The Medieval City of York - part 2

 

Evidence of Viking influence can be found in the street names one such name is Coppergate.

 

The Norse word Koppari means cup maker and Gata is a street.

So Coppergate means literally “the street of cup makers.”

 

 

 

 

 

To confuse matters further a Bar is a gate and a gate is a street.

 

Bootham is “at the Booths or market stalls.”

So try this one - Bootham Bar - in the picture?

My answer- the street of market stalls! Did you get one? Very confusing!

 

 

 

 

 

 

 

Again, for further information regarding the Vikings look up the Jorvik Centre

A fascinating place, a museum that brings the Norse way of life alive.

Experience the sights, sounds and smells of village life.

www. jorvik -viking-centre.co.uk/about-jorvik/

 

Another piece of history that was found was the 12 century Norman wall of a house. See pictures. The arched window can be clearly seen. The other aspect is evidenced by two large sandstone blocks. These were found to be the first floor Hall supports.

 

 

 

 

 

 

 

 

 

 

 

 

 

 

Of course, York is not York without mentioning the greatest asset there – the Minster. A couple of fires in its past but thanks to the skills of artisans it has managed to be resurrected to stand proudly and defiantly in the centre of York. A much visited building by believers and non-believers alike. There are other smaller churches dotted around the area including most notably St. Michael le Belfrey the church where the famous or infamous Guy Fawkes was baptised. It seems that this church was also the wedding venue of one Christopher Levett of York an English explorer to Mercy, the daughter of a Reverend Robert More of Guiseley Yorkshire in 1608.

 

 

 

 

 

 

 

I spent a little over 4 hours investigating York, but to truly appreciate this place you would have to spend a week here just exploring its hidden treasures of historical interest.

Such as the Pub called “the Roman Bath” where there is a glass plate in the floor to display the Roman Bath which was found there.

The crenellated walls around the city and its gated entrances.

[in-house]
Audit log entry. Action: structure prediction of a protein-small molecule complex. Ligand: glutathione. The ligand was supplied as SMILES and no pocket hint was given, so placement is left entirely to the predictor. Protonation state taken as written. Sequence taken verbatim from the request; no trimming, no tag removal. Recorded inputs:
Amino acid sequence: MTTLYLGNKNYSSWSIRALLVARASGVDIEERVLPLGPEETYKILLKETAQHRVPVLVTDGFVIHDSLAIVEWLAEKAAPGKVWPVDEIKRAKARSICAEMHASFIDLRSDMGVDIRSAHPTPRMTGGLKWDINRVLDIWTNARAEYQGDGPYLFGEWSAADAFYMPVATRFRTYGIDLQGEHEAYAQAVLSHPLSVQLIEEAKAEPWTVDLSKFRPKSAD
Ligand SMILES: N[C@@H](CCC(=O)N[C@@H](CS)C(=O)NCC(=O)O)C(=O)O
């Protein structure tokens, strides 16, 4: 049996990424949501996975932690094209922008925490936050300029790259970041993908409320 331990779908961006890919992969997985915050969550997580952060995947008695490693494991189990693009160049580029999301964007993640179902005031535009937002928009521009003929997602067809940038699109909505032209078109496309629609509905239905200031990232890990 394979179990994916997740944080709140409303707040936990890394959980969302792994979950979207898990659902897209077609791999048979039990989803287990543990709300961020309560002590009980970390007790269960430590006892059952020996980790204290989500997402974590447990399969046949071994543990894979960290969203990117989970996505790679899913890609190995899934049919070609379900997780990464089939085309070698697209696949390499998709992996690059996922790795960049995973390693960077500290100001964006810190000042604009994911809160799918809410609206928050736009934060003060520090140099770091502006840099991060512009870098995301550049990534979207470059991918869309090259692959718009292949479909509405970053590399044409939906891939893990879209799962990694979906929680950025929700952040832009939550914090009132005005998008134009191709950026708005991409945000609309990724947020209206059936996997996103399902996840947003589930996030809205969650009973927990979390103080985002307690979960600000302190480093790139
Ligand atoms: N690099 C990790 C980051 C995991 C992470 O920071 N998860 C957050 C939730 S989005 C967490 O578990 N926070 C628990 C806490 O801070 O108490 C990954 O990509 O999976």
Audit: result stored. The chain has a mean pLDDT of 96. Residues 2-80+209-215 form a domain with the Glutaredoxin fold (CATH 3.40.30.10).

NB The weather beat me to the punch. Rain stopped my plans. So I could not get the pictures I wanted of those magnificent walls and battlements. Perhaps, a second visit to cover the other side of the city?

 

The cats of York. These are statues placed all around York on walls roofs in fact there is a cat trail you can go on to try and find them all. Here is a pic of one. Seems it was a testament to all the cats that had been around since York began and were considered lucky in that they got rid of mice and rats that carried the plague, and they were said to keep away demons too?
so that is a nice little thing you can google and there are more pictures of the cats to see.

 

Some other items about York you may find interesting for anyone tempted to visit. For instance:

  • The cemetery outside those magnificent walls, near the train station that had been the last resting place of Cholera victims who were not allowed to be buried inside the city.
  • Find out where they held and finally hanged Dick Turpin infamous highwayman in York?
  • For those passionate about steam?
  • York Railway Museum is for the young and old aficionado alike.
  • Perhaps visit the scary goings on at the York Dungeons
  • or watch a play at the Theatre Royal.

Paul H

More wonderful pictures of York on the next page here

 

Medieval York

York is one of the most visited cities in England, above all for its medieval heritage - most famously the Minister and the city walls. From its foundation by the Romans in AD 71, the city grew in size and complexity with the arrival of the Anglo-Saxons and then the Vikings, but the Norman Conquest of 1066 and the arrival of William the Conqueror in 1068 was to have a significant impact on the city's future development. Drawing on a mass of unpublished excavations over the last thirty-five years, Gareth Dean shows how York developed from Viking Jorvik into one of the wealthiest cities in medieval Europe. Using archaeology to supplement the historical sources, the author pieces together a much fuller picture of life in medieval York than has previously been possible. Beginning with the changes to the topography and infrastructure of the city after the Norman Conquest, the book moves on to examine the defences of the city, its religious life, life and death for the citizens, trade and industry, and finally the changes in religious and political views in the mid-sixteenth century which marked the end of the medieval period and the start of a new era in the city's history.

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